coronavirus, what kind of other conditions are you seeing from people who have perhaps been in intensive care? so patients with coronavirus are actually no different from any of the other intensive care patients we look after. if i became critically ill, i would lose a kilo to two kilos of muscle mass. as a result when i get out, i would struggle with simple things like going to the toilet, getting out of bed. if you couple that with some of the problems we have with post—traumatic stress disorder and anxiety and depression, it is no surprise people struggle to go back to work and half of our patients don't return to work in a year. the muscle wasting and the anxiety and depression cause a bunch of symptoms that your patients talked about. we are hearing from
people who have had covid—19, perhaps in a more mild version and haven't gone to hospital, but as we heard, reporting problems with their memory, problems with their breathing and huge problems with energy. is this similar to other post viral energy problems you may see? i'm not sure if it is similar to the post viral problems, but intensive care is just a place, to the post viral problems, but intensive care isjust a place, a room that we treat sick people. these people were all really sick and never came to intensive care. so they will have the same problems. you can hear them talking ake difficulty going back to —— about difficulty going back to —— about difficulty going back to —— about difficulty going back to work. many doctors and nurses had coronavirus and struggled to go back to work. they didn't make to it intensive care, but it doesn't mean their problems are less. what is the a nswer problems are less. what is the answer for problems are less. what is the answerfor them, is problems are less. what is the answer for them, is the answer now com plete answer for them, is the answer now complete and total rest or trying to slowly build up to some kind of
normal living? so sally the answer is unfortunately there is no one solution that is going to work for everybody. everybody needs, if you have been sick like this, you need to be rehabilitated, you won't be able to do it easily by yourself. you need help and the type of help will depend on how the infections had affected you. what you need is a personalised rehab to get your back to your normal life. how difficult is it to deal with the mental health problems that come from is in, because it must be so —— come from this, it must be frustrating and you think, when will i have the sort of energy i used to have? so this is a real struggle for us in the field, we don't really have good treatments for the mental health issues, but what we do know is it is difficult for patients to manage this and control this by themselves. what i
would say to all our patients, anybody that is listening, is you're not the first to have this, you're not the first to have this, you're not alone and you need to seek help. now, we know that actually you've had covid yourself and it was a mild case, but did you notice that your recovery took longer than you might have expected, are you still suffering now? well, i don't think so. suffering now? well, i don't think so. i had a very mild case and i think many of my colleagues, i mean it took me a week or two to get back to work. it took many of my collea g u es to work. it took many of my colleagues just as long if not longer to do so. so we appreciate this isn't a simple disease. i think the long—term effects that we are seeing in people, so—called mild cases, is coming to light now and we will know more about this in the next few months. thank you very much. some really interesting interviews this morning. john is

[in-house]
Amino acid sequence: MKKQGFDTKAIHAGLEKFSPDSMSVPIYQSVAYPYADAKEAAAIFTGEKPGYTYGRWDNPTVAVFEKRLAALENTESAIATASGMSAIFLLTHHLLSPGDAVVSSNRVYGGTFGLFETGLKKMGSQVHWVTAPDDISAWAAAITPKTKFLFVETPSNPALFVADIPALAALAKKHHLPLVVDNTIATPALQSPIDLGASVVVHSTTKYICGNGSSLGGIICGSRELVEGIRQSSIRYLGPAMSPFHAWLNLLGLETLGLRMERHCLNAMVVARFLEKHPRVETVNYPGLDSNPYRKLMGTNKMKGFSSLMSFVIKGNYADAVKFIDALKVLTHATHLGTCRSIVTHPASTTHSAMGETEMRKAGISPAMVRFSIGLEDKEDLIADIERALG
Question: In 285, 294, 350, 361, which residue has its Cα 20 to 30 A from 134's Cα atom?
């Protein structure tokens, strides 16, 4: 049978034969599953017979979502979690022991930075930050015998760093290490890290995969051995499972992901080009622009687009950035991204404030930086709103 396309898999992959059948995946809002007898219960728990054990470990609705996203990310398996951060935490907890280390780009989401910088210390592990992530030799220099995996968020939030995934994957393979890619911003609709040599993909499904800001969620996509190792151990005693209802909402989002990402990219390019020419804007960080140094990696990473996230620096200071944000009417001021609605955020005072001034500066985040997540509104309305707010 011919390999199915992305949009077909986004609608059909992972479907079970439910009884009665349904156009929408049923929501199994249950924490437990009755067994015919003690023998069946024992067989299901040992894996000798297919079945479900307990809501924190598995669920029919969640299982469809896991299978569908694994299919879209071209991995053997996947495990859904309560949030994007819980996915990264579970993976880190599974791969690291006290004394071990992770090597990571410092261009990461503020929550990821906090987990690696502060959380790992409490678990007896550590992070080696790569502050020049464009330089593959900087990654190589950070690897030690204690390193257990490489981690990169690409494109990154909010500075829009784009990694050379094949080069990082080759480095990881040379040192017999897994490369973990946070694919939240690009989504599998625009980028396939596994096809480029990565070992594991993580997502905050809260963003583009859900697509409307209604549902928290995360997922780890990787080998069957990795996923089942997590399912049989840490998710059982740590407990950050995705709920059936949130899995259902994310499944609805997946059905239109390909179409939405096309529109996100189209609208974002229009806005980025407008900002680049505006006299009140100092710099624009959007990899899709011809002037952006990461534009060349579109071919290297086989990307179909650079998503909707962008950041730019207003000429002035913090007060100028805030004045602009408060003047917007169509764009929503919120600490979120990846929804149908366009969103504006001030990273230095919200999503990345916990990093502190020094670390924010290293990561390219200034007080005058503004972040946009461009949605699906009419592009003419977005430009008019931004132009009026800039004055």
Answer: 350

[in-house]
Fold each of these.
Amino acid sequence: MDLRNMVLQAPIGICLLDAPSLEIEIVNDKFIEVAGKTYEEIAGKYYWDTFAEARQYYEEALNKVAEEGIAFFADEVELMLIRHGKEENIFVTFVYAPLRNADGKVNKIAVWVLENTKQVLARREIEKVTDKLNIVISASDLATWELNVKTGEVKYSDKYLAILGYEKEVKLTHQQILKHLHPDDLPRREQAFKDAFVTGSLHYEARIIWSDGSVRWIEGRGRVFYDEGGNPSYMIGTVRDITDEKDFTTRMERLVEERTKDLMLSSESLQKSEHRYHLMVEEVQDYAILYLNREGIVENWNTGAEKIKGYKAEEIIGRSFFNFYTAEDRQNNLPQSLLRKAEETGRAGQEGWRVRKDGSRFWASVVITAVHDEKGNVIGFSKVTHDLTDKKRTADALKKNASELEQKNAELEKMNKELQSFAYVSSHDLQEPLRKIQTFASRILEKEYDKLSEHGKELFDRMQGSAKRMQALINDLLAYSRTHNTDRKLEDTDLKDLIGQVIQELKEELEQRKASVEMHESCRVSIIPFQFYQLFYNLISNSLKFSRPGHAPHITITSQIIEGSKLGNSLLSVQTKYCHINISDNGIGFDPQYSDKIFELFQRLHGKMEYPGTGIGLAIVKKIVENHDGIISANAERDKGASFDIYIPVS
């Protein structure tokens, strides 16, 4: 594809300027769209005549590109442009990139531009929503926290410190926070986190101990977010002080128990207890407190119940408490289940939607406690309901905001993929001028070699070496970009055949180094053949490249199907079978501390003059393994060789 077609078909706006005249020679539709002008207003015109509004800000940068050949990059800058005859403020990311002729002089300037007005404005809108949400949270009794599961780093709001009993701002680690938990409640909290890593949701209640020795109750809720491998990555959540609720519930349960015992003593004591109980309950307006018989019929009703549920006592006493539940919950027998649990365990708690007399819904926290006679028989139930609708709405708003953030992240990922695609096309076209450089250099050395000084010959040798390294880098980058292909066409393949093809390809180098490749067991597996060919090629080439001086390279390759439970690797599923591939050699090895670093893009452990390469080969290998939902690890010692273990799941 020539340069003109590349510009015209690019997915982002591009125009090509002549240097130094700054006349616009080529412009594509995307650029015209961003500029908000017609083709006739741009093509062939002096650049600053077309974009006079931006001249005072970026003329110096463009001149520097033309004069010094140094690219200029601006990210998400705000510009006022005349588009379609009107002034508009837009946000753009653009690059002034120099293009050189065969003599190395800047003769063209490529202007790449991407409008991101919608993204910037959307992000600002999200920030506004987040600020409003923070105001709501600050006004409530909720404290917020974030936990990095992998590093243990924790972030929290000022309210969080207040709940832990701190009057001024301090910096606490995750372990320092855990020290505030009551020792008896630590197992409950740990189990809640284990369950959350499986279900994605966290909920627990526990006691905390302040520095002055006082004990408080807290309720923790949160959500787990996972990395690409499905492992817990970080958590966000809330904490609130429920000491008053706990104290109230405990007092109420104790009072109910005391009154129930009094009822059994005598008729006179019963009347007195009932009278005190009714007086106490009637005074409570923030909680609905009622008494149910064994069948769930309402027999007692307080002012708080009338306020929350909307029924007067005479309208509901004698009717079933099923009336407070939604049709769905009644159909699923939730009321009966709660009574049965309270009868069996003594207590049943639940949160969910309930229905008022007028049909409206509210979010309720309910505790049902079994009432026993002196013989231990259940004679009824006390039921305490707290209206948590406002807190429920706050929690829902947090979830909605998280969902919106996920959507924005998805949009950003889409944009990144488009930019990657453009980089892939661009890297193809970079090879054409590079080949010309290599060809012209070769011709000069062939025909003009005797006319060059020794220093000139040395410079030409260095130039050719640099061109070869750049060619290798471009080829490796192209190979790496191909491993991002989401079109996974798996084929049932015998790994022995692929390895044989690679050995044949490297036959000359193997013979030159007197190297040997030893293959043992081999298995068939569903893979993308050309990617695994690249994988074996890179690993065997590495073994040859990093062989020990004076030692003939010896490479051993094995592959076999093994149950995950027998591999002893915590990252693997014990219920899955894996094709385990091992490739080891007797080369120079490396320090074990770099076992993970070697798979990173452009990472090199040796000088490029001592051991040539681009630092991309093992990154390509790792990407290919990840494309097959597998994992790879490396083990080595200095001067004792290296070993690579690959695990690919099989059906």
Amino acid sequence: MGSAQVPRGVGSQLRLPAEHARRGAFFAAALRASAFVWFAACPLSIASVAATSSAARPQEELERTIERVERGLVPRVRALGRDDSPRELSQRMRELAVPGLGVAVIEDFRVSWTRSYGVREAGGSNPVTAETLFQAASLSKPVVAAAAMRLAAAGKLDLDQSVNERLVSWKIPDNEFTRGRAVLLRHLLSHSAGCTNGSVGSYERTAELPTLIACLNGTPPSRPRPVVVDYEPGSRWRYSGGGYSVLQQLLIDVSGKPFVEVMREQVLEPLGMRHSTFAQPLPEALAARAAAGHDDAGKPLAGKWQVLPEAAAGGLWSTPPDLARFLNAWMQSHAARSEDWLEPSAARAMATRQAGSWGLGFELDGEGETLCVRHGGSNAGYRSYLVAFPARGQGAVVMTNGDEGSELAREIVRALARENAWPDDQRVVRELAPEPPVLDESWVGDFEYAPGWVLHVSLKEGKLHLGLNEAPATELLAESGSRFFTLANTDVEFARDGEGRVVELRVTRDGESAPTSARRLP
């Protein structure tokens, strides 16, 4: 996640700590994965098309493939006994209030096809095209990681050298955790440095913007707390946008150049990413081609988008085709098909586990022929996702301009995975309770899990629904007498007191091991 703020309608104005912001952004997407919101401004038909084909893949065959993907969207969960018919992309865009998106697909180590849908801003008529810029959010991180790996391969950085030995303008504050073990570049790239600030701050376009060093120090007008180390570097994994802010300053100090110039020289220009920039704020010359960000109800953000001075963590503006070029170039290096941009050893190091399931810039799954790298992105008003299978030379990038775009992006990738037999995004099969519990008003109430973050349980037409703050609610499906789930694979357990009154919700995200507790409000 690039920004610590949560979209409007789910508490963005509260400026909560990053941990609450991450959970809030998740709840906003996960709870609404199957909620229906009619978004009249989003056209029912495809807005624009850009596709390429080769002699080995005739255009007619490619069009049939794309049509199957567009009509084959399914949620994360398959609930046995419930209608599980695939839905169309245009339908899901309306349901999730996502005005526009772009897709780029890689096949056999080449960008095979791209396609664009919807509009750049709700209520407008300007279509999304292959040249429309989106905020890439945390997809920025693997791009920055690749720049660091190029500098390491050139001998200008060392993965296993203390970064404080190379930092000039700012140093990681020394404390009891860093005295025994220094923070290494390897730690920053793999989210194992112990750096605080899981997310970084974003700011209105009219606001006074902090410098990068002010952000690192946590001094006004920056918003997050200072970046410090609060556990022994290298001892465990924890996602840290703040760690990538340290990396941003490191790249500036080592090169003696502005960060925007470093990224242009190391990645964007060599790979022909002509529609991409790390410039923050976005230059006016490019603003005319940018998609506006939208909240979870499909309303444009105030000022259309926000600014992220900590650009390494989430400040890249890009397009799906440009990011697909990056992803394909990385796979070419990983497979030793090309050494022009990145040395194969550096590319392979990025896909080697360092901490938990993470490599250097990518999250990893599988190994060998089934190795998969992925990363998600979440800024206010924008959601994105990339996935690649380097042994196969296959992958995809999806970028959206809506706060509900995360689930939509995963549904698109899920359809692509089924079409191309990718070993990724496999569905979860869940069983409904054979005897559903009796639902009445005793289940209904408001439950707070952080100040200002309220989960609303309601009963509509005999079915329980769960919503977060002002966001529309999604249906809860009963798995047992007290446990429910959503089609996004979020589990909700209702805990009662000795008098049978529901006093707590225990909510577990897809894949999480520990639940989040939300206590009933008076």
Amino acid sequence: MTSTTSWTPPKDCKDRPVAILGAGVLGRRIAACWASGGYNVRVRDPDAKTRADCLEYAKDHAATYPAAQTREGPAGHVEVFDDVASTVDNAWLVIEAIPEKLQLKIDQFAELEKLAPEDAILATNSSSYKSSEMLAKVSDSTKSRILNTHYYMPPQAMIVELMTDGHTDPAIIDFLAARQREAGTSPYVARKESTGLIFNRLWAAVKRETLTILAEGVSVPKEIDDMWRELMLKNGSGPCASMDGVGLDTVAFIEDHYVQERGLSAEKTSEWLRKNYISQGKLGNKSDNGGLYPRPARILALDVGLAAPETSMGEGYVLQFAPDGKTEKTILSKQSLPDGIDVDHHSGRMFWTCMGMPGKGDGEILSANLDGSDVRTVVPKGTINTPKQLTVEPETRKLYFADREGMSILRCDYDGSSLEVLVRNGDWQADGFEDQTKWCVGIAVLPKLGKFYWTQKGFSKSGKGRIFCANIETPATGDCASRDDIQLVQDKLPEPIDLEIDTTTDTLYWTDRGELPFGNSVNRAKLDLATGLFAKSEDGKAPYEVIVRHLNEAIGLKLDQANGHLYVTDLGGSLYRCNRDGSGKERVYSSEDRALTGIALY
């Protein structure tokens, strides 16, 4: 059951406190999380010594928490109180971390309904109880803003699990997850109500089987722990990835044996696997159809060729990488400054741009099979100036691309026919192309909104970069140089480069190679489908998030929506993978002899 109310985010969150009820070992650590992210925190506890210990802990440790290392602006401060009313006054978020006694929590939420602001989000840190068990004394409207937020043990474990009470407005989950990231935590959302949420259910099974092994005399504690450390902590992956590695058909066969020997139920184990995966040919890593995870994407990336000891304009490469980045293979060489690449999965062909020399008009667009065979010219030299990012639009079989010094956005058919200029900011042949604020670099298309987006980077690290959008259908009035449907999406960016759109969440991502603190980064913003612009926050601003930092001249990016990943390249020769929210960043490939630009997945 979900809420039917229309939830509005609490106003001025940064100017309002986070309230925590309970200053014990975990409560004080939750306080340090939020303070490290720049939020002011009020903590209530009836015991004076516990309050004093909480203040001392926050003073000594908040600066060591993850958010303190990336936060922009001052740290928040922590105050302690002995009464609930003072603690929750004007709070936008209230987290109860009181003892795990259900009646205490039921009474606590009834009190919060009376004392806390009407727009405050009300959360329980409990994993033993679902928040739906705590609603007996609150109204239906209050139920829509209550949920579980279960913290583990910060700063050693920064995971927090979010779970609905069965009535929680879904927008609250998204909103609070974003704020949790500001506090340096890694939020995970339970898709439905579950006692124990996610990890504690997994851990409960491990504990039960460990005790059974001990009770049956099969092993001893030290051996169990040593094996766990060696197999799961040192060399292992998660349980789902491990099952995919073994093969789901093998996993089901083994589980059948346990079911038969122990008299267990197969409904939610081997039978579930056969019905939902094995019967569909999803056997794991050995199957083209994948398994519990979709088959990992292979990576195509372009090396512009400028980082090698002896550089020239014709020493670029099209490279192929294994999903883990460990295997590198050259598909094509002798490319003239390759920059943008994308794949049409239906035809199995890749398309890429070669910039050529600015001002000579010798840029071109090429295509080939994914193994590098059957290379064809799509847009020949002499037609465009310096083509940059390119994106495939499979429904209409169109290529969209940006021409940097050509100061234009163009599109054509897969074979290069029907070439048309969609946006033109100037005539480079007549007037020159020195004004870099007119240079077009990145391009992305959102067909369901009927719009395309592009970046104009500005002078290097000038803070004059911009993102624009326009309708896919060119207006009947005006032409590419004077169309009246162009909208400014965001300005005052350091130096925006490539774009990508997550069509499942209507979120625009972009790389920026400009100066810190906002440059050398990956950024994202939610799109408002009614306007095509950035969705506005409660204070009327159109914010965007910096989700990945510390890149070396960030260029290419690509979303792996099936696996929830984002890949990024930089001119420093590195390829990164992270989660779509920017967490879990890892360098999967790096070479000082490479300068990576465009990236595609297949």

here with the sport. when you see a few players having a bit of a spat, some may say it is disgraceful, but the manager said he was happy to see it. yes i know. we often see disagreements between players on opposing teams, not usally on the same side. but there was a bust up between son and tottenham goalkeeper hugo lloris in tehir game against everton last night. and interestingly manager jose mourinho praised them for it. it happened at half time, lloris angry about a lack of effort shown by son in the first half. they were leading at this point. the two had to be kept apart. and jose, who wants his players to show more fight, said it was beautiful to see and just what his team needs to grow up. england cricketer dom sibley has been really honest about how he felt he needed to lose weight to cut it at the top of his sport. this is him on the left
during the tour of sri lanka in march and how he looks now on the right ahead of england's first test against the west indies which starts tomorrow. he says hes lost 12 kilograms — that's almost two stone. and he's been really candid about how he feels he needed to make a change. in sri lanka, ifelt a little bit, for the first time in my career, i felt a little bit self—conscious about my physique and my weight and during lockdown when we couldn't improve anything sort of cricket—related, it was an opportunity for me to improve that side of my game. i've had taps on the shoulders before and haven't done anything about it when i was younger and i think it was probably a bit overdue me having that sort of little, you know, a bit of a wake up call. never easy talking about the subject of your own weight, but something he felt he needed to do to make some improvements on the field and it will be a fascinating day tomorrow